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10 Most Popular Squat Mistakes

sandbag training

We get excited to offer our DVRT community new opportunities to understand what functional fitness is all about. The most difficult thing today isn’t getting training information, or exercises. It is having a filter to know what is good information and what is simply not. I’m not suggesting every idea we have had over the past 20 plus years have been gems, however, those mistakes have allowed us to really create something special when it comes in giving science based and practical training information.

A great example is the new 2 series of our L.I.F.T. program (loaded integrated functional training program) squatting and upper body pulling movements. Squat training is something that people know is good for them, but can struggle in either successfully implementing without aches/pain, or feeling they hit stagnation where they don’t know where to take the movement.

What is one to do and where do people go wrong with the squat? I thought it would be easiest to pull out my wanna be David Letterman and give you a top 10 list of where people go wrong in their squat workouts.

1. It Isn’t Knees or Hips

Yea, we are going backwards in our top 10 and starting with the MOST important part of building your squat. That’s largely because we need to build everything from the most important concepts out!

When I got into the fitness industry, I was taught to start any squat with bending the knees and pushing the hips back. That is pretty much most personal training 101, but it is WRONG!

Everything must start with us grabbing the ground and creating tension from the ground up. This helps set the knees in place and activates the glutes. Using the glutes from the start helps us create stability for better movement.

2. Knees Go Out

One of those horrible cues I learned at the beginning of my career was the super vague one of “push the knees forward”. If you tell people to push their knees forward during the squat they get “stuck” in their hips and can only go so far in their knees. This causes two major problems. The first is that people put a lot of unnecessary stress on their knees and this is one of the first reasons that people hate to squat.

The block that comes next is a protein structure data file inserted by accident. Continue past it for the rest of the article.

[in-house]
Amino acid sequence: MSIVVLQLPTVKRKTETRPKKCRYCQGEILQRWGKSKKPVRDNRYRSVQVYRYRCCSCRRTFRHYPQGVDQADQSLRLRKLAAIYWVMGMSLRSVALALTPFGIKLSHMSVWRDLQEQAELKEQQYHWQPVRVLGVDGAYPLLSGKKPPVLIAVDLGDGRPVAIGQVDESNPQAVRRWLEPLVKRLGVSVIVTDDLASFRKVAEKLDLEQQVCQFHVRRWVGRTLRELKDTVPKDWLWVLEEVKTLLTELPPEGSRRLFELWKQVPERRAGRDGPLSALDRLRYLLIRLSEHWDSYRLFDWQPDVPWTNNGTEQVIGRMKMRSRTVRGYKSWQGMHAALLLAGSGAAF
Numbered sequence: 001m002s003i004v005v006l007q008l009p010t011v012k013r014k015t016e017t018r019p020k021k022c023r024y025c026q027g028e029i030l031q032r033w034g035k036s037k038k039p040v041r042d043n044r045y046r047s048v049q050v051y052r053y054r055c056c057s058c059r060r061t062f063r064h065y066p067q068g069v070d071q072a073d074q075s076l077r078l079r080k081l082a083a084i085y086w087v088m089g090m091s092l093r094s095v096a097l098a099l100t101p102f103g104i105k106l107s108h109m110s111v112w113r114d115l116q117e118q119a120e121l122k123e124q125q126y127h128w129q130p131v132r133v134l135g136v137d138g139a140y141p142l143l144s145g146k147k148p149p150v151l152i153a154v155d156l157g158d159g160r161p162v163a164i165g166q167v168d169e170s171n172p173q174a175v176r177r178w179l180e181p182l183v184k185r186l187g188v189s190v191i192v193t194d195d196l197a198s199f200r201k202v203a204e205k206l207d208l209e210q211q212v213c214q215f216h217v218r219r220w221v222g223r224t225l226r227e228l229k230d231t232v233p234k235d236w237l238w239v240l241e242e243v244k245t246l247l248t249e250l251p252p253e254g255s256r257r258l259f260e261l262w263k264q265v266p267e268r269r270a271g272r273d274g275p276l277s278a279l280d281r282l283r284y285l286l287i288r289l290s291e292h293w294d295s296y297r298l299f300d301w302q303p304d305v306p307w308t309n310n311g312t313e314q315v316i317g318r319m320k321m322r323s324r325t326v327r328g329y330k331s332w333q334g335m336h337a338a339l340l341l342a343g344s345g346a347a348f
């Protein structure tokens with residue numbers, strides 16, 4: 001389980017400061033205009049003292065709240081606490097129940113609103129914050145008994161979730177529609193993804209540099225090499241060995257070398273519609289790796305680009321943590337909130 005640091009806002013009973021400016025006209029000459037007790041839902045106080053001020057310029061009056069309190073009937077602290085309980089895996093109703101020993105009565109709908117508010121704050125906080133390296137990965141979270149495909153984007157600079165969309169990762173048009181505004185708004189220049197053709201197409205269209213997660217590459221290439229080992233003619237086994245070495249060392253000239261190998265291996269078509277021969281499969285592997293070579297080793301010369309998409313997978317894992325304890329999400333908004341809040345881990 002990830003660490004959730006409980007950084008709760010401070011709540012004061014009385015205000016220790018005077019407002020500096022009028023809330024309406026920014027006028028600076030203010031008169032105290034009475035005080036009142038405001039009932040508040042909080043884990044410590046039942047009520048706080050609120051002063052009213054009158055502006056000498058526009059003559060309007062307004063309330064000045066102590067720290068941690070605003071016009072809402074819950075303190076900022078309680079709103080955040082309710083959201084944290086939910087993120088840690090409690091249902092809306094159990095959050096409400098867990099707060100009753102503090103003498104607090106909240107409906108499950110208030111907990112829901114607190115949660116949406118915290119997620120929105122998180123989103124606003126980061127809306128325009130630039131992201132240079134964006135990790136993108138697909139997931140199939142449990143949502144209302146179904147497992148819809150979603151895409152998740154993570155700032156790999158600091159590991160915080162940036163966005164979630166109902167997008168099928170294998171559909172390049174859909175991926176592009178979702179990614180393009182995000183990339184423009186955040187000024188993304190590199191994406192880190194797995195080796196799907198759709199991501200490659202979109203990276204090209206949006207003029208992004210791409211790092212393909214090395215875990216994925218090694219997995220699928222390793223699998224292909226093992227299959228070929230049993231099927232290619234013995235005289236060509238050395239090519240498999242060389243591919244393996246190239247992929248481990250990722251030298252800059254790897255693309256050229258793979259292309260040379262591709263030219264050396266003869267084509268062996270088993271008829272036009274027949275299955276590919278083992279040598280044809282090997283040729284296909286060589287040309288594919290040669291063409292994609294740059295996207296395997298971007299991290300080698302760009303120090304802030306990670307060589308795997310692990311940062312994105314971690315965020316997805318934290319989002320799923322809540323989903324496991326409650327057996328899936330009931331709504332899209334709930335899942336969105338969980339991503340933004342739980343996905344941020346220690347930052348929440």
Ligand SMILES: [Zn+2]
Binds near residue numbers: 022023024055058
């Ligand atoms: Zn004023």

When we push our knees forward we also cause the hips to flex forward because the head of the femur can only move so far in the hip joint for many people. Instead of forward, the knees go out as we grab the ground. This opens the pelvis and takes stress off the knees. People feel stronger and find better range of motion in their squat.

3. Feet Turn Out

In college I had a friend from India. He was slight in build and was able to put his feet together and squat all the way up and down without any issues. Watching him made my whole body hurt, but he did it pain free. Why do I tell you this story?

There are some organizations that say people should be able to squat with the feet straight ahead. The reality is we don’t know each person’s anatomy when they come to train. The majority can not squat with their feet straight ahead whether due to mobility or structural reasons. However, everyone can accomplish a good squat with their feet turned slightly out. This makes it easer to use the feet, engage the glutes, and open the pelvis as we squat.

4. Your Knees May Move Forward

Personal training 101 usually tells you that if you knees move forward to your toes, your knees will explode. Okay, I’m exaggerating, however people are told it is very bad for the knees. Most that are told this don’t  know why, and we never challenge if this is really the case.

Research has actually shown that when your knees go forward during a squat y0u do have a rise in stress of the knees. Is that stress bad for you? Compared to NOT letting the knees travel forward, we see the stress in the knees is not only very tolerable, but way less than what is then caused in the hip and lumbar spine. Those loads exceed very high levels so allowing the knees to move forward (assuming the feet are being used) actually is okay on your knees and saves your back!

5. Knees Caving In Isn’t Your Glutes, Well Not Totally

When coaches see knees caving in you will see the bands being drawn out of hiding. I’m not against using bands around the knees, but many people try this strategy in fixing the squat, but when they take the band off they find it didn’t work. Why? Isn’t it about the glutes?